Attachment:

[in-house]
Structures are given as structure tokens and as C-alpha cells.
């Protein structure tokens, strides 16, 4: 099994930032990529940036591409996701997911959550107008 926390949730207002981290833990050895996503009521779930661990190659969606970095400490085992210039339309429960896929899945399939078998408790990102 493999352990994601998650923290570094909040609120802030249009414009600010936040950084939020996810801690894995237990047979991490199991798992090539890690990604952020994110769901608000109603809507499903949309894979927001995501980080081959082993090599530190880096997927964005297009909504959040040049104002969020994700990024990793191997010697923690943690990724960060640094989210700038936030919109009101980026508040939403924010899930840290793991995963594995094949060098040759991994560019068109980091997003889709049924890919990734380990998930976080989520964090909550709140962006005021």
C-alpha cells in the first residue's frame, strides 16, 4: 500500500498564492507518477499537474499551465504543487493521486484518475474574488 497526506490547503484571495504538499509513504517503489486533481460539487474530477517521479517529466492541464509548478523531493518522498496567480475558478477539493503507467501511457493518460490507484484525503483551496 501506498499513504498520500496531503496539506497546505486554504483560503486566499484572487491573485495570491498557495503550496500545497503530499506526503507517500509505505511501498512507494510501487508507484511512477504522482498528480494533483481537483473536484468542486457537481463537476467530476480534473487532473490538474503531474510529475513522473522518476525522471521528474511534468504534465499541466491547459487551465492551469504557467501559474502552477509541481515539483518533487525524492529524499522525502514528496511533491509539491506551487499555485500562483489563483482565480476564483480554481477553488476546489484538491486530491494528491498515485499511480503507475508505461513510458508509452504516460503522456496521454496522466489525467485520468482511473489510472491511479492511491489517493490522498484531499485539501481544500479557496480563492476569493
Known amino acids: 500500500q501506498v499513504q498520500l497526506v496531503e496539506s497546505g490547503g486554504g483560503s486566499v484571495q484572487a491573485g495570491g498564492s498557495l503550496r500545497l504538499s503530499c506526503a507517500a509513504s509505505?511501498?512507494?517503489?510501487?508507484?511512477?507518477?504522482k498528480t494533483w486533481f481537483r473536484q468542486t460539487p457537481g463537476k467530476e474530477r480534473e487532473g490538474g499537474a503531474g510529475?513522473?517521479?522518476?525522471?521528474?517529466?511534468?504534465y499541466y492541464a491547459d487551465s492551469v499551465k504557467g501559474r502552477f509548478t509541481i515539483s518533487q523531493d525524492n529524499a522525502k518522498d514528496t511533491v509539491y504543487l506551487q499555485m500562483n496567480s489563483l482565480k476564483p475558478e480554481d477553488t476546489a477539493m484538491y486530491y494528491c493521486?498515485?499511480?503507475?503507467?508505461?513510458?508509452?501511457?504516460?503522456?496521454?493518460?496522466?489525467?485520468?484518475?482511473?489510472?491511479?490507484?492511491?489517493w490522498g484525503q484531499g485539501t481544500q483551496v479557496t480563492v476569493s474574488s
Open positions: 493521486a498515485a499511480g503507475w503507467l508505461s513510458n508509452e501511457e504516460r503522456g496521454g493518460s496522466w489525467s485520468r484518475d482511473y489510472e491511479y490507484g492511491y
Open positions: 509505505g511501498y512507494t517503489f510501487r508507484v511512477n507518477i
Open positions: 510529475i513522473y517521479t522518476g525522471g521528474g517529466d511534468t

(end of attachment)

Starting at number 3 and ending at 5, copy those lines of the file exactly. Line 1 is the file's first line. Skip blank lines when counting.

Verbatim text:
């Protein structure tokens, strides 16, 4: 099994930032990529940036591409996701997911959550107008 926390949730207002981290833990050895996503009521779930661990190659969606970095400490085992210039339309429960896929899945399939078998408790990102 493999352990994601998650923290570094909040609120802030249009414009600010936040950084939020996810801690894995237990047979991490199991798992090539890690990604952020994110769901608000109603809507499903949309894979927001995501980080081959082993090599530190880096997927964005297009909504959040040049104002969020994700990024990793191997010697923690943690990724960060640094989210700038936030919109009101980026508040939403924010899930840290793991995963594995094949060098040759991994560019068109980091997003889709049924890919990734380990998930976080989520964090909550709140962006005021």
C-alpha cells in the first residue's frame, strides 16, 4: 500500500498564492507518477499537474499551465504543487493521486484518475474574488 497526506490547503484571495504538499509513504517503489486533481460539487474530477517521479517529466492541464509548478523531493518522498496567480475558478477539493503507467501511457493518460490507484484525503483551496 501506498499513504498520500496531503496539506497546505486554504483560503486566499484572487491573485495570491498557495503550496500545497503530499506526503507517500509505505511501498512507494510501487508507484511512477504522482498528480494533483481537483473536484468542486457537481463537476467530476480534473487532473490538474503531474510529475513522473522518476525522471521528474511534468504534465499541466491547459487551465492551469504557467501559474502552477509541481515539483518533487525524492529524499522525502514528496511533491509539491506551487499555485500562483489563483482565480476564483480554481477553488476546489484538491486530491494528491498515485499511480503507475508505461513510458508509452504516460503522456496521454496522466489525467485520468482511473489510472491511479492511491489517493490522498484531499485539501481544500479557496480563492476569493
Known amino acids: 500500500q501506498v499513504q498520500l497526506v496531503e496539506s497546505g490547503g486554504g483560503s486566499v484571495q484572487a491573485g495570491g498564492s498557495l503550496r500545497l504538499s503530499c506526503a507517500a509513504s509505505?511501498?512507494?517503489?510501487?508507484?511512477?507518477?504522482k498528480t494533483w486533481f481537483r473536484q468542486t460539487p457537481g463537476k467530476e474530477r480534473e487532473g490538474g499537474a503531474g510529475?513522473?517521479?522518476?525522471?521528474?517529466?511534468?504534465y499541466y492541464a491547459d487551465s492551469v499551465k504557467g501559474r502552477f509548478t509541481i515539483s518533487q523531493d525524492n529524499a522525502k518522498d514528496t511533491v509539491y504543487l506551487q499555485m500562483n496567480s489563483l482565480k476564483p475558478e480554481d477553488t476546489a477539493m484538491y486530491y494528491c493521486?498515485?499511480?503507475?503507467?508505461?513510458?508509452?501511457?504516460?503522456?496521454?493518460?496522466?489525467?485520468?484518475?482511473?489510472?491511479?490507484?492511491?489517493w490522498g484525503q484531499g485539501t481544500q483551496v479557496t480563492v476569493s474574488s